Moving Down to Texas Where Life Began For a Reporter and Investigative Journalist

Texas ranks among the fastest-growing states in the U.S., and for good reasons; an affordable cost of living, temperate weather, promising job market, and bustling activities throughout the Lone Star State has made Houston a win for newcomers, especially a country boy like (me) who only made $1.60 per hour as a Livestock Auction Sale Barn worker.

As a former resident of Southeast Arkansas near Delta Mississippi-I moved to Houston during the city’s 1970’s boomtown oil era. Looking back I made the right decision.

Houston is a fabulous, adventurous city surrounded by four prominent bayous; Buffalo Bayou flows into downtown and the Houston Ship Channel while Brays Bayou runs near the Texas Medical Center and White Oak Bayou runs through the Heights-northwest area. And Sims Bayou is within the City of Houston but it extends to Missouri City including South Houston and Pasadena; all of which are in Harris County.

When my journalistic profession blossomed, I decided to move from the 5th Ward’s ‘rough-and-tumble’ inner-city to the Montrose/Westheimer area. Several years later I moved into the elegant confines of the burgeoning, revitalized Downtown Houston. Known around the nation as the biggest city in Texas and currently, the fourth largest city in the United States of America, Houston is poised to replace Chicago as the third-largest city. As an industrial city with a broad base of enterprises in energy, oil, manufacturing, aeronautics, and transportation, Bush Intercontinental Airport offers non-stop flight service to more than 70 international countries while Hobby Airport provides services throughout the United States and from Mexico and Latin America through Southwest Airlines.

Downtown Houston also consists of commercial, state, and county buildings including law firms.

City and county leaders boast of how Houston is the most diverse metropolitan area in Texas. The racial makeup of the city/county combine breaks down this (estimated) way:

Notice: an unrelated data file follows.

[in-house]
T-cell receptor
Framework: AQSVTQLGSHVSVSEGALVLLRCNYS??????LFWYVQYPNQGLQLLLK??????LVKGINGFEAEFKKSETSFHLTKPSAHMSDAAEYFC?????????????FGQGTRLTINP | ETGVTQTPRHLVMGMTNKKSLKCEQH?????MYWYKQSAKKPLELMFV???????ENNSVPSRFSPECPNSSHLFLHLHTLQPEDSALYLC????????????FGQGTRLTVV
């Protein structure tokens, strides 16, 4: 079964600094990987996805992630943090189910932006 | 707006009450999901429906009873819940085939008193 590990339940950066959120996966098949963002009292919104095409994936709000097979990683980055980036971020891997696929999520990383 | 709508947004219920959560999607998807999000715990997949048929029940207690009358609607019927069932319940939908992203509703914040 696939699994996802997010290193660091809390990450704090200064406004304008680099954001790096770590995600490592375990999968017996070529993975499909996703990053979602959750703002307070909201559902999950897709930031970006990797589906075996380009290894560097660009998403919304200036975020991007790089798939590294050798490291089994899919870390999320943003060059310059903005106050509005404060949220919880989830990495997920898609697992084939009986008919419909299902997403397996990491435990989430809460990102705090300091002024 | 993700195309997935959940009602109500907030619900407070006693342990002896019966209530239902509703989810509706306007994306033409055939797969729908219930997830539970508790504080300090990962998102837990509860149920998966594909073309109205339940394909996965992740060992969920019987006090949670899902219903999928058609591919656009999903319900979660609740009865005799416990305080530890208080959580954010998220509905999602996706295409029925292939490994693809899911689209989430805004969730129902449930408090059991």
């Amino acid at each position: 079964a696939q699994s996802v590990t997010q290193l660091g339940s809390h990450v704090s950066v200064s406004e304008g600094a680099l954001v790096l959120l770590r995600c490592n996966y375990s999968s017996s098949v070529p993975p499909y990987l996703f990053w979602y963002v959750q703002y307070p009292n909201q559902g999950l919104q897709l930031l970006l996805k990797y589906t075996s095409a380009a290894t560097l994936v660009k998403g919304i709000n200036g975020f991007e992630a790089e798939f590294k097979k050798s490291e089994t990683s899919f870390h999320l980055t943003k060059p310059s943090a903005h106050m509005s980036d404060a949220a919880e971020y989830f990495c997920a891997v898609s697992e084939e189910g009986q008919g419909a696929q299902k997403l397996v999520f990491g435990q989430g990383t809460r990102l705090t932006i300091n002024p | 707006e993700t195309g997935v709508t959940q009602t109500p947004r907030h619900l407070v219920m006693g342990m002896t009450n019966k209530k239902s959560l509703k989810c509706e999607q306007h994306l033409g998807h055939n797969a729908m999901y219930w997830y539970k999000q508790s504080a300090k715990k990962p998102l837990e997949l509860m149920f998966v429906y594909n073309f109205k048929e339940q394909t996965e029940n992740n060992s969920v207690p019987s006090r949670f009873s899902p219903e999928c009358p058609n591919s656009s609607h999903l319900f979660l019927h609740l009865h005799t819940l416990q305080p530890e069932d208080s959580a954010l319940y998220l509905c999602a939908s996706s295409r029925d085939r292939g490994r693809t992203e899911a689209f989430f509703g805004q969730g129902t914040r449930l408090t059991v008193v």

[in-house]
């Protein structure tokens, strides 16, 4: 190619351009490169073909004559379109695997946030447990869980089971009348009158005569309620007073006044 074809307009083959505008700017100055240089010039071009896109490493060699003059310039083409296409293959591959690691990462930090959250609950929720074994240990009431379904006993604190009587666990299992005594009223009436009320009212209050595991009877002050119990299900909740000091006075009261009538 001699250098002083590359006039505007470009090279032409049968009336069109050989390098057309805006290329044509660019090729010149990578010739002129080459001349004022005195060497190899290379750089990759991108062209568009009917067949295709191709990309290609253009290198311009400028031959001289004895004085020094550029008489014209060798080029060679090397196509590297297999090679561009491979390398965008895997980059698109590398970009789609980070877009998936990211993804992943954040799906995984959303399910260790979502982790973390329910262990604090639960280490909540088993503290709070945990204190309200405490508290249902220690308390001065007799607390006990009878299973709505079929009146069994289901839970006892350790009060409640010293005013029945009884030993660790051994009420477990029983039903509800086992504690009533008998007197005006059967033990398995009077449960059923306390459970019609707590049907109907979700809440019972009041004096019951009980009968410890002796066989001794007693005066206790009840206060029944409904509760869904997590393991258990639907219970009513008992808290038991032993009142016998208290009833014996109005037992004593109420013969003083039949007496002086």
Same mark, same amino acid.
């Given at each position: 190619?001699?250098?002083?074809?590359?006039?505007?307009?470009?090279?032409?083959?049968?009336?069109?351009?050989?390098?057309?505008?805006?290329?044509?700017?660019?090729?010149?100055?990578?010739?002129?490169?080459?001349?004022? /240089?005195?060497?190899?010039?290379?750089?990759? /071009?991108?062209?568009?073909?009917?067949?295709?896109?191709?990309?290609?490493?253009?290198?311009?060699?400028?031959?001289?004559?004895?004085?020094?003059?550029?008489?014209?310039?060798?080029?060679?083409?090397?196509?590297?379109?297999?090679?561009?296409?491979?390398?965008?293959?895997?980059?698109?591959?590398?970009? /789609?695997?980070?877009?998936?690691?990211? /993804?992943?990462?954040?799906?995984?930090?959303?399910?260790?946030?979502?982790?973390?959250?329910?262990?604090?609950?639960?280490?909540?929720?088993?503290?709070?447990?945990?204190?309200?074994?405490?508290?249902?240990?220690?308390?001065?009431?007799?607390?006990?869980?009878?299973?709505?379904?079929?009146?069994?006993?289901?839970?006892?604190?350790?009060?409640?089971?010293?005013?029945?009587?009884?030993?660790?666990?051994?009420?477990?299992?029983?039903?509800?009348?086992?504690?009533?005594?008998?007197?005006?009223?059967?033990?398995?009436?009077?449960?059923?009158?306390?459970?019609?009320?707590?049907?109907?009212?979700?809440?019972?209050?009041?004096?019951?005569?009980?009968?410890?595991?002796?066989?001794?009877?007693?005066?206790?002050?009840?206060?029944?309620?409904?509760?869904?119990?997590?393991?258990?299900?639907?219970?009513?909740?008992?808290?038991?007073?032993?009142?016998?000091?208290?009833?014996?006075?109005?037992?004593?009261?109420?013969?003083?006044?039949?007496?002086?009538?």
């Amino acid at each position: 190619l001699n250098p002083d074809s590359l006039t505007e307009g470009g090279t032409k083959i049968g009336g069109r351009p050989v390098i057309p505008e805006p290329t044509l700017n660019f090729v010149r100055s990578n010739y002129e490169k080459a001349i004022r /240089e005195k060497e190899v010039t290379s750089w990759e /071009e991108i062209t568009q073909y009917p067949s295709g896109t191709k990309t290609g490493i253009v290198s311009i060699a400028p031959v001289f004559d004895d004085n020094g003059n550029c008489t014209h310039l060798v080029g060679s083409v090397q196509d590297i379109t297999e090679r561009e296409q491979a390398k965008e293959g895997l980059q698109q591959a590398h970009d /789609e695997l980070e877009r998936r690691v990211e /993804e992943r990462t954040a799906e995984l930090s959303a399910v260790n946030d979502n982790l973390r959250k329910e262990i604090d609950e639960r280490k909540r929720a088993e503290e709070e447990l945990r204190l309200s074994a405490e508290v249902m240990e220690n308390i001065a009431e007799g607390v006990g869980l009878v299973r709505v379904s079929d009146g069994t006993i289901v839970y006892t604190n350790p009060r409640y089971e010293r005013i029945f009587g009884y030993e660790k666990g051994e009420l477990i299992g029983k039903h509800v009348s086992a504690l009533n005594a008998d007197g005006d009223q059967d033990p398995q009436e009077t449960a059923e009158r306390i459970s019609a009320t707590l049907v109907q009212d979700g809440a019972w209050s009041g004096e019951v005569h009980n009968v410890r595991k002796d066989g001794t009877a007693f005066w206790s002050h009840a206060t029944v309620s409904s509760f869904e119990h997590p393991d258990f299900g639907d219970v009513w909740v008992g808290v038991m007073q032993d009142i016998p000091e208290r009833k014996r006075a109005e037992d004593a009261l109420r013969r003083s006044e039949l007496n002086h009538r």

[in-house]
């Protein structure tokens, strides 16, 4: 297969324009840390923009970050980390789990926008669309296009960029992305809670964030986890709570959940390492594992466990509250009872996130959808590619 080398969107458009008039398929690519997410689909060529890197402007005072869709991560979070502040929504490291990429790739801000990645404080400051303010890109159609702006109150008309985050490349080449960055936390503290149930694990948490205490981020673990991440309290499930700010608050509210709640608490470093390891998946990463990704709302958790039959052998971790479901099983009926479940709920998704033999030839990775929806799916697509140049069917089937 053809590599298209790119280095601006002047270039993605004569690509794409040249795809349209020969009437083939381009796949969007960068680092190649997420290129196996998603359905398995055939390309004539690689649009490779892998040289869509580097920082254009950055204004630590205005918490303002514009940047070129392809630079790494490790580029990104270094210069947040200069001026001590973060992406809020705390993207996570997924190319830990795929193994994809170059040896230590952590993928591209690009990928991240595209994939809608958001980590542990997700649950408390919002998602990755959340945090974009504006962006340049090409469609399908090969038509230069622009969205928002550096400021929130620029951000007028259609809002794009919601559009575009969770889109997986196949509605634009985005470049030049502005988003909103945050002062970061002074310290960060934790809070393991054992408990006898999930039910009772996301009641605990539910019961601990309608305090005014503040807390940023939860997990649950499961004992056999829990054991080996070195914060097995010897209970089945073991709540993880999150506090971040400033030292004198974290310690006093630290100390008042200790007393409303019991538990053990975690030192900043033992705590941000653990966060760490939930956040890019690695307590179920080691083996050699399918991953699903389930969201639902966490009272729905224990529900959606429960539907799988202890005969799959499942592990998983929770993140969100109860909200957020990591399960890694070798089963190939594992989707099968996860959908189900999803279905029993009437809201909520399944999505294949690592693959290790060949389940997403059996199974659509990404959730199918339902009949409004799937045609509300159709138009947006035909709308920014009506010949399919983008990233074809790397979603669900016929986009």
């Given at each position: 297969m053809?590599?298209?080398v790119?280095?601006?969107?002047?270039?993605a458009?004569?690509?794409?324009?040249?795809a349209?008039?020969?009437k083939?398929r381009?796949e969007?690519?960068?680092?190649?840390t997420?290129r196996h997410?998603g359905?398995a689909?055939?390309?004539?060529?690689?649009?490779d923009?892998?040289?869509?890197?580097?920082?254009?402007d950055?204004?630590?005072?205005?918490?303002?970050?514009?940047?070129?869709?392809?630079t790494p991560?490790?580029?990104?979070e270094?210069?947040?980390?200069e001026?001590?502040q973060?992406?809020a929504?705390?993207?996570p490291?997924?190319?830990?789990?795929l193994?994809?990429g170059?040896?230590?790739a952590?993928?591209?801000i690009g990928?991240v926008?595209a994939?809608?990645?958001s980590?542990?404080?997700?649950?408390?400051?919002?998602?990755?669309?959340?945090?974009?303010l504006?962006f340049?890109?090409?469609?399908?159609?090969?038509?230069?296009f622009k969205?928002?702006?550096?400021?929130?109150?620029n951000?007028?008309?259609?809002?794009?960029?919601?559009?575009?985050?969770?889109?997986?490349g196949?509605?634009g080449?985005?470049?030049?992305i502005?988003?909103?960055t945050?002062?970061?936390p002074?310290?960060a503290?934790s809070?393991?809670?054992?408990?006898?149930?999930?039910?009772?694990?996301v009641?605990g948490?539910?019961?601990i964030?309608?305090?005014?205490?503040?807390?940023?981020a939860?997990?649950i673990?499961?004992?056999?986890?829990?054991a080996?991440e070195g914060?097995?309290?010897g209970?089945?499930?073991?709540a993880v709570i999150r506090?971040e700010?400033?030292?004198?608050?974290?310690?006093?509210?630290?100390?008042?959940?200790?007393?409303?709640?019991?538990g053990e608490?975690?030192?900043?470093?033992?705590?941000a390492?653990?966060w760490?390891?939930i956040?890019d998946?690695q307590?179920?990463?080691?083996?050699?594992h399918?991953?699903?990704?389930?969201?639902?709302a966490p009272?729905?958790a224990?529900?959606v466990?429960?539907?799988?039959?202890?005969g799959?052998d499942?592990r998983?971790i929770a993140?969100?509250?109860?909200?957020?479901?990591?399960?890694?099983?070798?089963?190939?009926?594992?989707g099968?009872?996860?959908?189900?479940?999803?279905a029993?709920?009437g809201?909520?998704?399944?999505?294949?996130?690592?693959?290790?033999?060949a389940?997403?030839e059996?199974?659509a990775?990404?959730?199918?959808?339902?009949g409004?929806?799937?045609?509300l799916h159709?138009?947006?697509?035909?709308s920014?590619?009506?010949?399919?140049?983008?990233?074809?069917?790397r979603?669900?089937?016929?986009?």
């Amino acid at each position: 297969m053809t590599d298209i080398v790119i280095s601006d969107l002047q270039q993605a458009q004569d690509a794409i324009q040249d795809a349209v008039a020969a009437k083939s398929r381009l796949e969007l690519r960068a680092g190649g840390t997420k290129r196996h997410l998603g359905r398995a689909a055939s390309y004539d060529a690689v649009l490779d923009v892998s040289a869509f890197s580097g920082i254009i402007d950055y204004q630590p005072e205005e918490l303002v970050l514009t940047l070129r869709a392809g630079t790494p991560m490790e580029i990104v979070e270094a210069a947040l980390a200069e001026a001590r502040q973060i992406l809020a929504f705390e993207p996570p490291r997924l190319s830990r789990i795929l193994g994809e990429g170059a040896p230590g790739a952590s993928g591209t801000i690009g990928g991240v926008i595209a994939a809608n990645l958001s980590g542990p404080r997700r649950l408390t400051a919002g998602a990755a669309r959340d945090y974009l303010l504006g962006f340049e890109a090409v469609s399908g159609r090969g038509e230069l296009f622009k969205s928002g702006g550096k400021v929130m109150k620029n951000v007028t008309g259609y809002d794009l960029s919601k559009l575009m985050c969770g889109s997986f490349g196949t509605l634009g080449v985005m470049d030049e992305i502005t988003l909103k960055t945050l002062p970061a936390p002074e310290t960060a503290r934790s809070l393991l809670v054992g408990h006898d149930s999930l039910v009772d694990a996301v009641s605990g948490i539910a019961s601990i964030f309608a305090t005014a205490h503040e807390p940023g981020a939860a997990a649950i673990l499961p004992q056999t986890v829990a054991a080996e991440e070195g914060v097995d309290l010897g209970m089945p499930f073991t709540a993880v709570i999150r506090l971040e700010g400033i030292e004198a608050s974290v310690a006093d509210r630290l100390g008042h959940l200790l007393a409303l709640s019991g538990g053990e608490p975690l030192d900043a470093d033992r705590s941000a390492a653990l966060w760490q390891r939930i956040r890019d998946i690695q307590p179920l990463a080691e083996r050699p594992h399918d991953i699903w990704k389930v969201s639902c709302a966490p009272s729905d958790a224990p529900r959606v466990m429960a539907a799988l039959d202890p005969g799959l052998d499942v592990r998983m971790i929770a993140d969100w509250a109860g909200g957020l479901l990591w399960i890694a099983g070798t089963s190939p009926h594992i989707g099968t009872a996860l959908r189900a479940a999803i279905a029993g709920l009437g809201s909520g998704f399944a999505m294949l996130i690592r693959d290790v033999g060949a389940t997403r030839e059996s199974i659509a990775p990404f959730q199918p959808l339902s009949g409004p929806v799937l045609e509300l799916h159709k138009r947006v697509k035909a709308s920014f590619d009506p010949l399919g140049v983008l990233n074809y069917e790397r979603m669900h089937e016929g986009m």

• 37.3% Anglo Whites
    • 36.5% Hispanic
    • 16.9% African American
    • 7.5% Asian
    • 1.8% Other

The city is so diverse that more than 145 different languages are spoken making Houston third among the largest numbers of languages spoken in a U.S. city behind New York (192) languages, and Los Angeles with 185 different languages.

GQ Magazine labeled Houston the “New Capitalist of Southern Cool.” For avid golf players, there are at least 198 golf courses scattered throughout a 50-mile radius of Downtown Houston, according to

Downtown Houston where I comfortably reside ‘happy’ as a lark is the central business district for the city of Houston. This lone star city is home to a glowering skyline of offices similar in height to New York’s tall buildings, including businesses, hotels, clubs, and fine restaurants filled with buzzing activities, and plentiful attractions. What I’ve learned through research and personal experience is that Houston is home to world-class art, artists, the Symphony, and various kinds of music. If visitors or Houstonians decide to stay in one of Downtown’s upscale hotels like the Marriott, you can stroll on foot to your destination or pay $1.25 to catch the Metrorail train on Main Street and enjoy a nice show at the Houston Grand Opera or Houston Ballet in the theater district.

Are you a big sports fan? Walk on over to Polk street and watch a Rockets basketball game at the Toyota Center or depending on transportation mode, you can either catch the train or drive over to the NRG Stadium near the 610-South Loop West and watch the Texans play football.

Baseball is America’s national sport, a sport revered by patriotic Houstonians. Patrons can either walk or drive over to Minute Maid Park at 501 Crawford Street and watch a Houston Astros game against a rival team.

No matter if people live in Houston or just visiting they should visit Discovery Green Park located between Labranch and McKinney Street.